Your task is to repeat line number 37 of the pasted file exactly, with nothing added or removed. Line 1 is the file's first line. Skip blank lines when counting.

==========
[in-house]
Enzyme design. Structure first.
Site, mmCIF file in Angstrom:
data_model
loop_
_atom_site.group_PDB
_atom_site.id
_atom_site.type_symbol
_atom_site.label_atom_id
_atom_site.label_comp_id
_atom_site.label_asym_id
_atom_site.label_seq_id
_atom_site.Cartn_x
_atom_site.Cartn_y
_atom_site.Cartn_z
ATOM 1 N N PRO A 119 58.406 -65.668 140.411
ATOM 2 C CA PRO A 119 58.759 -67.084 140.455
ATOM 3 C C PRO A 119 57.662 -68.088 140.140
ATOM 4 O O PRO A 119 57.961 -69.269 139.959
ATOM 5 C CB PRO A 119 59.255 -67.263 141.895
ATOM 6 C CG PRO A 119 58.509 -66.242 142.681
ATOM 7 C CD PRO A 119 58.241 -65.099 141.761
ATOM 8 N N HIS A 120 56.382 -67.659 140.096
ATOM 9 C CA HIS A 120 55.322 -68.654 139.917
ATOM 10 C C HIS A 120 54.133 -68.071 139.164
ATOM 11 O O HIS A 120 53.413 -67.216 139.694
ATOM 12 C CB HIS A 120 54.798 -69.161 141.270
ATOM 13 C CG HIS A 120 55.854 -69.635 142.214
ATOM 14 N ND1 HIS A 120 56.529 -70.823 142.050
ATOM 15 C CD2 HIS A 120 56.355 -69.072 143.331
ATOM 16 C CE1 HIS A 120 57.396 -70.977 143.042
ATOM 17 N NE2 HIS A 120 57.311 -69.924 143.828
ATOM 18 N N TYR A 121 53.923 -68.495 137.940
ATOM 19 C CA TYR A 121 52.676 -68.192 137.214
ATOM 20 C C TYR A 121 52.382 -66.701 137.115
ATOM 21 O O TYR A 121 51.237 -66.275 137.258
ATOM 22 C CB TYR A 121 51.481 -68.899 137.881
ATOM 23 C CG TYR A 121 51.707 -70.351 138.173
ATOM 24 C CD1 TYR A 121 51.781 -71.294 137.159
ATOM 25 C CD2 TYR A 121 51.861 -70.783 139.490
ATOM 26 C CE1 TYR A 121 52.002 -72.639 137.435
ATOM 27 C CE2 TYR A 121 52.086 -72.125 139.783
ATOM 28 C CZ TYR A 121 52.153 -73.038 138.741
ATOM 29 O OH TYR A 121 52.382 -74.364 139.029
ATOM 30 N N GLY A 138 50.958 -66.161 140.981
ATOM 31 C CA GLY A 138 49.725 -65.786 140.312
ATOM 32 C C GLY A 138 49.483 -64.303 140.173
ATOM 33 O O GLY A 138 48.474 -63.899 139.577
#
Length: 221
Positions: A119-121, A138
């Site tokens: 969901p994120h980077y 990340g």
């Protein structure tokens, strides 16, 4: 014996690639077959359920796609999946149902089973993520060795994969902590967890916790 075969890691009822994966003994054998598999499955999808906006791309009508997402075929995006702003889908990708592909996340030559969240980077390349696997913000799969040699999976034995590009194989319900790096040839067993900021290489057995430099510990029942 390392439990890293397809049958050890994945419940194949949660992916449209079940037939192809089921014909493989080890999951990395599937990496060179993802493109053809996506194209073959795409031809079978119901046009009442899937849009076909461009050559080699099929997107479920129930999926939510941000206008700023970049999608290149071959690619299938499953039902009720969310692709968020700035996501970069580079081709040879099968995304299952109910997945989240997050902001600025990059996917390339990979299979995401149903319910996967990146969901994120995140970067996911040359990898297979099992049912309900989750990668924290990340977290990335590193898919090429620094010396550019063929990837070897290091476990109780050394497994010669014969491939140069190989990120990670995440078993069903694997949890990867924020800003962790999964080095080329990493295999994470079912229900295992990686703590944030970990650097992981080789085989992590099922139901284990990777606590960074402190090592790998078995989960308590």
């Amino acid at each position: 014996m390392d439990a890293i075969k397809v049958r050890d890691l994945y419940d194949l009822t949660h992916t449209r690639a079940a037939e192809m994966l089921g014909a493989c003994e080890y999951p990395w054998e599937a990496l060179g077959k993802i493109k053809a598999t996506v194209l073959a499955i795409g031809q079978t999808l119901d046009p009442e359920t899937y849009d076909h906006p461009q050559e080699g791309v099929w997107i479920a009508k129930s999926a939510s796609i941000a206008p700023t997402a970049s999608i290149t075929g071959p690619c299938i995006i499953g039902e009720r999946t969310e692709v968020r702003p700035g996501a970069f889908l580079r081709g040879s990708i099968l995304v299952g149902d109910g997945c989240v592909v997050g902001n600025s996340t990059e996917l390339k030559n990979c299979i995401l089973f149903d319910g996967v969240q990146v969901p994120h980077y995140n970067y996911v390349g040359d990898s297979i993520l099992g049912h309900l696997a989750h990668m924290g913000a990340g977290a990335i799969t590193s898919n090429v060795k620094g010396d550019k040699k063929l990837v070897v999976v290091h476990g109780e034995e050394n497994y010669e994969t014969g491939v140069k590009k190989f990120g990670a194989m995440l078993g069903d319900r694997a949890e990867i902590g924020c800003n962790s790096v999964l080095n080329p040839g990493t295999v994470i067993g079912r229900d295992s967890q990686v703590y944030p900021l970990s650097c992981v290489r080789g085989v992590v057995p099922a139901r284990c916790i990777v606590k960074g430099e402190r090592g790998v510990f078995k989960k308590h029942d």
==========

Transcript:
ATOM 22 C CB TYR A 121 51.481 -68.899 137.881